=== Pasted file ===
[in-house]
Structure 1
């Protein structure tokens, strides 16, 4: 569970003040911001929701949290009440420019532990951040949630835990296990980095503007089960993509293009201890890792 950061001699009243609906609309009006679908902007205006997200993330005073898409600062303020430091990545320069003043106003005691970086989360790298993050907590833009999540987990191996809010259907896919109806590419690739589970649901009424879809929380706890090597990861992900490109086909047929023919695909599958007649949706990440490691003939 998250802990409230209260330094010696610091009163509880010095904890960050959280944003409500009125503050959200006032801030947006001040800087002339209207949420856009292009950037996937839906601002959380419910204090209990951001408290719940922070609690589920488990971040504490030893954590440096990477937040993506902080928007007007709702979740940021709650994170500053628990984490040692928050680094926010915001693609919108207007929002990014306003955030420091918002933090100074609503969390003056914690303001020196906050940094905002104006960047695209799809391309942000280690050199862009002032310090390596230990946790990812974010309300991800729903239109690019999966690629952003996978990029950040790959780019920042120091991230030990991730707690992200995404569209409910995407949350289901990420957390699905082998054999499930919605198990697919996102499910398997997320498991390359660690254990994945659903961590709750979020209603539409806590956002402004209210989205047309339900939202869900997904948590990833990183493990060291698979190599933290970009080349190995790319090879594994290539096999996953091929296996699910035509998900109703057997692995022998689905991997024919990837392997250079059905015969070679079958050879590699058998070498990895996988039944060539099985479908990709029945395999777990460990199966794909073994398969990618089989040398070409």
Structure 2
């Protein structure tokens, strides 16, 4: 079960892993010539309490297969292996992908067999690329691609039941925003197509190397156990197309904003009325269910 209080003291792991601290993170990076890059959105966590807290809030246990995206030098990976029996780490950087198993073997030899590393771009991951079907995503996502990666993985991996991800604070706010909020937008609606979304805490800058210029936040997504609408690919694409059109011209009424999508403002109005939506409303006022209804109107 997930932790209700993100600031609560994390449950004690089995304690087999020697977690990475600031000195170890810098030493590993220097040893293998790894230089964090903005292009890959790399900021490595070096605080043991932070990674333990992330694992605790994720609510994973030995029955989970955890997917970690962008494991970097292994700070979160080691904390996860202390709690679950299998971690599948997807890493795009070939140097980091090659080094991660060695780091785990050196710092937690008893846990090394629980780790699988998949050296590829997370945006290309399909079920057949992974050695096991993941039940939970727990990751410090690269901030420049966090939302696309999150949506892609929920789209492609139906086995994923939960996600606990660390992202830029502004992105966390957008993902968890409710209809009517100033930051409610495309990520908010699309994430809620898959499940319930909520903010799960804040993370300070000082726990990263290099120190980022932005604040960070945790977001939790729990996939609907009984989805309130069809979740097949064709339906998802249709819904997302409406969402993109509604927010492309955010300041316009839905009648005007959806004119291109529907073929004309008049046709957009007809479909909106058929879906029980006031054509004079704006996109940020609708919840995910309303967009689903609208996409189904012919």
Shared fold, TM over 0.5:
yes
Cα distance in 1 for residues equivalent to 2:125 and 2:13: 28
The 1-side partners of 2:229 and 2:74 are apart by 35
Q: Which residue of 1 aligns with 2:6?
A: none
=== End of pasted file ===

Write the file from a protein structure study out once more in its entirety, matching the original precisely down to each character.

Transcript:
[in-house]
Structure 1
């Protein structure tokens, strides 16, 4: 569970003040911001929701949290009440420019532990951040949630835990296990980095503007089960993509293009201890890792 950061001699009243609906609309009006679908902007205006997200993330005073898409600062303020430091990545320069003043106003005691970086989360790298993050907590833009999540987990191996809010259907896919109806590419690739589970649901009424879809929380706890090597990861992900490109086909047929023919695909599958007649949706990440490691003939 998250802990409230209260330094010696610091009163509880010095904890960050959280944003409500009125503050959200006032801030947006001040800087002339209207949420856009292009950037996937839906601002959380419910204090209990951001408290719940922070609690589920488990971040504490030893954590440096990477937040993506902080928007007007709702979740940021709650994170500053628990984490040692928050680094926010915001693609919108207007929002990014306003955030420091918002933090100074609503969390003056914690303001020196906050940094905002104006960047695209799809391309942000280690050199862009002032310090390596230990946790990812974010309300991800729903239109690019999966690629952003996978990029950040790959780019920042120091991230030990991730707690992200995404569209409910995407949350289901990420957390699905082998054999499930919605198990697919996102499910398997997320498991390359660690254990994945659903961590709750979020209603539409806590956002402004209210989205047309339900939202869900997904948590990833990183493990060291698979190599933290970009080349190995790319090879594994290539096999996953091929296996699910035509998900109703057997692995022998689905991997024919990837392997250079059905015969070679079958050879590699058998070498990895996988039944060539099985479908990709029945395999777990460990199966794909073994398969990618089989040398070409």
Structure 2
């Protein structure tokens, strides 16, 4: 079960892993010539309490297969292996992908067999690329691609039941925003197509190397156990197309904003009325269910 209080003291792991601290993170990076890059959105966590807290809030246990995206030098990976029996780490950087198993073997030899590393771009991951079907995503996502990666993985991996991800604070706010909020937008609606979304805490800058210029936040997504609408690919694409059109011209009424999508403002109005939506409303006022209804109107 997930932790209700993100600031609560994390449950004690089995304690087999020697977690990475600031000195170890810098030493590993220097040893293998790894230089964090903005292009890959790399900021490595070096605080043991932070990674333990992330694992605790994720609510994973030995029955989970955890997917970690962008494991970097292994700070979160080691904390996860202390709690679950299998971690599948997807890493795009070939140097980091090659080094991660060695780091785990050196710092937690008893846990090394629980780790699988998949050296590829997370945006290309399909079920057949992974050695096991993941039940939970727990990751410090690269901030420049966090939302696309999150949506892609929920789209492609139906086995994923939960996600606990660390992202830029502004992105966390957008993902968890409710209809009517100033930051409610495309990520908010699309994430809620898959499940319930909520903010799960804040993370300070000082726990990263290099120190980022932005604040960070945790977001939790729990996939609907009984989805309130069809979740097949064709339906998802249709819904997302409406969402993109509604927010492309955010300041316009839905009648005007959806004119291109529907073929004309008049046709957009007809479909909106058929879906029980006031054509004079704006996109940020609708919840995910309303967009689903609208996409189904012919």
Shared fold, TM over 0.5:
yes
Cα distance in 1 for residues equivalent to 2:125 and 2:13: 28
The 1-side partners of 2:229 and 2:74 are apart by 35
Q: Which residue of 1 aligns with 2:6?
A: none